When Darren first joined TELUS, he had a goal. “I didn’t want to just have a well-run regional organization,” he says. “I wanted TELUS to be the best in Canada and thereafter, the best globally in telecommunications. It was an ambitious but exhilarating task.” But it is a goal he certainly achieved and he credits the TELUS team for that.

Darren believes that an organization can only surpass its potential through teamwork, saying that, “The 130,000 employees at TELUS serve as my mentors. It’s the people who work here who invent technology; and it’s the people who deploy the technology for the greater good. As I learned from my father, technology is important, but people are an organization’s most important asset.” Reflecting this belief, TELUS has been named one of Canada’s Top 10 Most Admired Corporate Cultures by Waterstone Human Capital, and was the sixth company ever to be inducted into Canada’s Most Admired Corporate Cultures Hall of Fame. TELUS was also recognized as Canada’s leading global workplace by Forbes World’s Best Employers.

When asked what qualities he seeks in potential employees, Darren says he looks for ambition, but warns, “It can’t be blind ambition; it can’t be singular. I look for spirited teamwork and people who believe that we are greater than the sum of our parts.” Darren has created a corporate environment that allows for expression of innovation, which allows creativity to flourish through a culture that demonstrates courage in taking calculated risks.

What I’ve Learned

What is his definition of success? Darren says, “To know if you are being successful, you should ask yourself questions like: Did we make a meaningful difference? Did we live the values and work with integrity? Did we have the humility and grit to learn from mistakes and turn the tuition into future success? Did we serve multiple stakeholders, creating value for our investors and building healthier communities by giving back along the way? Did we innovate and blaze a trail for future generations to benefit from? These are the parameters that define your success.”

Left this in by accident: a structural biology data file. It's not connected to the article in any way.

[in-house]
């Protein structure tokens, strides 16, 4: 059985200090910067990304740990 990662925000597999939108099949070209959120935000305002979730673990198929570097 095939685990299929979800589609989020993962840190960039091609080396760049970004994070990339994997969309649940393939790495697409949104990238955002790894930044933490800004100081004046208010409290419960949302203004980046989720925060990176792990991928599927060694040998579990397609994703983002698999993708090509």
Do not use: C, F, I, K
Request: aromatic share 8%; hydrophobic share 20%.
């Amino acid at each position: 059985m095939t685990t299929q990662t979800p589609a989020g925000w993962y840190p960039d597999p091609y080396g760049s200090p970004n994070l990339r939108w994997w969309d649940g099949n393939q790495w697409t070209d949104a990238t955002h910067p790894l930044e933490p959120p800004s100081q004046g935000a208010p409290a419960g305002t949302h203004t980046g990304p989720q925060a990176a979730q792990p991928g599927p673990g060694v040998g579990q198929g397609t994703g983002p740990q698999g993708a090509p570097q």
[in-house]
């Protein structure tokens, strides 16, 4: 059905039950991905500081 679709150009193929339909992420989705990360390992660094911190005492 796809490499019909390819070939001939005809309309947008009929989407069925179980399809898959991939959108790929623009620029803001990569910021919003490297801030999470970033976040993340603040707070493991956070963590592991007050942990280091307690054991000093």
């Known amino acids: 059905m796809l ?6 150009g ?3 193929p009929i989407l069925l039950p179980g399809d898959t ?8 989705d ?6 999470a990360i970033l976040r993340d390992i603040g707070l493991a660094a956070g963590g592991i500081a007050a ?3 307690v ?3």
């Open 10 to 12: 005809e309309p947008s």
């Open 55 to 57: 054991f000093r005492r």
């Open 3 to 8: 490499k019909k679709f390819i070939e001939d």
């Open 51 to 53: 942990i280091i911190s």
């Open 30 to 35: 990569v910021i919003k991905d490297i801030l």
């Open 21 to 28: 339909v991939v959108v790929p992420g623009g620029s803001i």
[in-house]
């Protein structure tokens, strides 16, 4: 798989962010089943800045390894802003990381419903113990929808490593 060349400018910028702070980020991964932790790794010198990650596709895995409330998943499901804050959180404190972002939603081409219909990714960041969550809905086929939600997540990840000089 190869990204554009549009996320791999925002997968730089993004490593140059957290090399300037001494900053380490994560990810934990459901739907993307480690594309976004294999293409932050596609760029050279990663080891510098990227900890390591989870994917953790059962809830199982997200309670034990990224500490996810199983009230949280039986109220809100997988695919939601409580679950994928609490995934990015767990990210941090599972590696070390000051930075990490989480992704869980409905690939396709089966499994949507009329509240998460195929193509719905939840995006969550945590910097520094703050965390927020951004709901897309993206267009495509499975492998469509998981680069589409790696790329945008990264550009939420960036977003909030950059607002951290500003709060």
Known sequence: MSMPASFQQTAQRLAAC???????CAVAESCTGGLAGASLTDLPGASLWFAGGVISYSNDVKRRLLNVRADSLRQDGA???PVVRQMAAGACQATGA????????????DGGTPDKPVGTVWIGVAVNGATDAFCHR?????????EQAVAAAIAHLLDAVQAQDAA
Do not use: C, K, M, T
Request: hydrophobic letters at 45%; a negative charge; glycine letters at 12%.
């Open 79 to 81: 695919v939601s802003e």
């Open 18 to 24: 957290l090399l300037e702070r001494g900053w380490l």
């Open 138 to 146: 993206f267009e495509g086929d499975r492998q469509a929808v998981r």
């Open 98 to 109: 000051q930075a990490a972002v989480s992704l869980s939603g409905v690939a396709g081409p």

Heeding his father’s advice to care for others, Darren says, “I believe that in order to do well in our professional pursuits, we must also do good in the communities where we live, work, and serve.” And in 2010, TELUS became the first Canadian company to be named the Most Outstanding Philanthropic Corporation globally by the Association of Fundraising Professionals. This steadfast belief in the importance of giving back has also driven TELUS, including its team members and retirees, to contribute $1.4 billion, including 1.8 million days of volunteerism, to communities since 2000.

Living up to one’s full potential is also important to Darren, which is why he is enthusiastically supportive of the mission of the Horatio Alger Association of Canada. “The scholarship program is not blind philanthropy,” he says. “I see this as a social investment because the recipients now have a chance to pursue their dreams. They are our future. Giving them support now teaches them to give back to future generations. That is beautifully symbiotic to me.”

A proud Canadian, Darren believes that becoming a Member of the Horatio Alger Association of Canada is not only a privilege, but a responsibility. “We must build upon the heritage of what’s been achieved thus far, and take it further to a point that impacts people. Our success is not numbers on a balance sheet; it is asking: ‘What has been our contribution to society?’ The mission of this Association is to nurture the assets – our young people – within our population, which will define our quality of life tomorrow. We want to develop Canada to not only be a country we can be proud of just within the confines of our border, but also when our brand is on display at an international level. The greatest asset of Canada is its potential; and the greatest responsibility that we have as a nation is to live up to that potential. That’s what this Association is doing for so many young people and I am very proud to be a part of that.”